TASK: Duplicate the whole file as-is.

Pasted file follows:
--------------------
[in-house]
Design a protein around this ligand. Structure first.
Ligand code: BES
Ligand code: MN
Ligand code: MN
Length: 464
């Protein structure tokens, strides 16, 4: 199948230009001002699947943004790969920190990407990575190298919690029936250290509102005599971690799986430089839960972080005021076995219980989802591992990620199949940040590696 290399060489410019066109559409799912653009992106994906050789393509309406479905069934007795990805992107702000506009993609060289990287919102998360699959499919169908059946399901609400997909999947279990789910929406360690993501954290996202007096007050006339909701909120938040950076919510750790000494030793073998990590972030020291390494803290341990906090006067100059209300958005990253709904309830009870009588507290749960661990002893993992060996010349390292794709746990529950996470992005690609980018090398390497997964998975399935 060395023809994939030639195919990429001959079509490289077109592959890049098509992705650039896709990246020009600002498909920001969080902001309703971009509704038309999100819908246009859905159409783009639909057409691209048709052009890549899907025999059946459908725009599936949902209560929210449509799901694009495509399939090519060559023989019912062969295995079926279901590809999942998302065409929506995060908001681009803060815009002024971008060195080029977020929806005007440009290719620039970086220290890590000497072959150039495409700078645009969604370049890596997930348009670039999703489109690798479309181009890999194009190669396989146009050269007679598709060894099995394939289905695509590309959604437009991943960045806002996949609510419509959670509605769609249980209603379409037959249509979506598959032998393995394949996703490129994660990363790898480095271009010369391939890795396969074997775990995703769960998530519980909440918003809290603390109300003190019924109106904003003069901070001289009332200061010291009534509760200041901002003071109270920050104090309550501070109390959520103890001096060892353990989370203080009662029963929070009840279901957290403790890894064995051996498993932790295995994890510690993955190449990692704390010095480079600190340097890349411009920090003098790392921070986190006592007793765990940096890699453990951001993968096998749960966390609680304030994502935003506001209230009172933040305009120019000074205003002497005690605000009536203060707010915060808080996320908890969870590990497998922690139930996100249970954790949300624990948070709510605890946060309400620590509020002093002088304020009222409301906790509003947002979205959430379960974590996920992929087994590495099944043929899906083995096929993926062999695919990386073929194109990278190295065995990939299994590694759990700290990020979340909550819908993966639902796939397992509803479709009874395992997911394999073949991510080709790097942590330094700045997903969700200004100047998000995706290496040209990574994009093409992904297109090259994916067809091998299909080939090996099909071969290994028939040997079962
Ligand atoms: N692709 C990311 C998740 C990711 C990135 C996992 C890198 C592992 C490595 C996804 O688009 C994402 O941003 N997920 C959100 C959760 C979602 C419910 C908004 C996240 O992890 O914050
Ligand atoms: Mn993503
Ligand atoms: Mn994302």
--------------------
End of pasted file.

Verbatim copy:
[in-house]
Design a protein around this ligand. Structure first.
Ligand code: BES
Ligand code: MN
Ligand code: MN
Length: 464
């Protein structure tokens, strides 16, 4: 199948230009001002699947943004790969920190990407990575190298919690029936250290509102005599971690799986430089839960972080005021076995219980989802591992990620199949940040590696 290399060489410019066109559409799912653009992106994906050789393509309406479905069934007795990805992107702000506009993609060289990287919102998360699959499919169908059946399901609400997909999947279990789910929406360690993501954290996202007096007050006339909701909120938040950076919510750790000494030793073998990590972030020291390494803290341990906090006067100059209300958005990253709904309830009870009588507290749960661990002893993992060996010349390292794709746990529950996470992005690609980018090398390497997964998975399935 060395023809994939030639195919990429001959079509490289077109592959890049098509992705650039896709990246020009600002498909920001969080902001309703971009509704038309999100819908246009859905159409783009639909057409691209048709052009890549899907025999059946459908725009599936949902209560929210449509799901694009495509399939090519060559023989019912062969295995079926279901590809999942998302065409929506995060908001681009803060815009002024971008060195080029977020929806005007440009290719620039970086220290890590000497072959150039495409700078645009969604370049890596997930348009670039999703489109690798479309181009890999194009190669396989146009050269007679598709060894099995394939289905695509590309959604437009991943960045806002996949609510419509959670509605769609249980209603379409037959249509979506598959032998393995394949996703490129994660990363790898480095271009010369391939890795396969074997775990995703769960998530519980909440918003809290603390109300003190019924109106904003003069901070001289009332200061010291009534509760200041901002003071109270920050104090309550501070109390959520103890001096060892353990989370203080009662029963929070009840279901957290403790890894064995051996498993932790295995994890510690993955190449990692704390010095480079600190340097890349411009920090003098790392921070986190006592007793765990940096890699453990951001993968096998749960966390609680304030994502935003506001209230009172933040305009120019000074205003002497005690605000009536203060707010915060808080996320908890969870590990497998922690139930996100249970954790949300624990948070709510605890946060309400620590509020002093002088304020009222409301906790509003947002979205959430379960974590996920992929087994590495099944043929899906083995096929993926062999695919990386073929194109990278190295065995990939299994590694759990700290990020979340909550819908993966639902796939397992509803479709009874395992997911394999073949991510080709790097942590330094700045997903969700200004100047998000995706290496040209990574994009093409992904297109090259994916067809091998299909080939090996099909071969290994028939040997079962
Ligand atoms: N692709 C990311 C998740 C990711 C990135 C996992 C890198 C592992 C490595 C996804 O688009 C994402 O941003 N997920 C959100 C959760 C979602 C419910 C908004 C996240 O992890 O914050
Ligand atoms: Mn993503
Ligand atoms: Mn994302």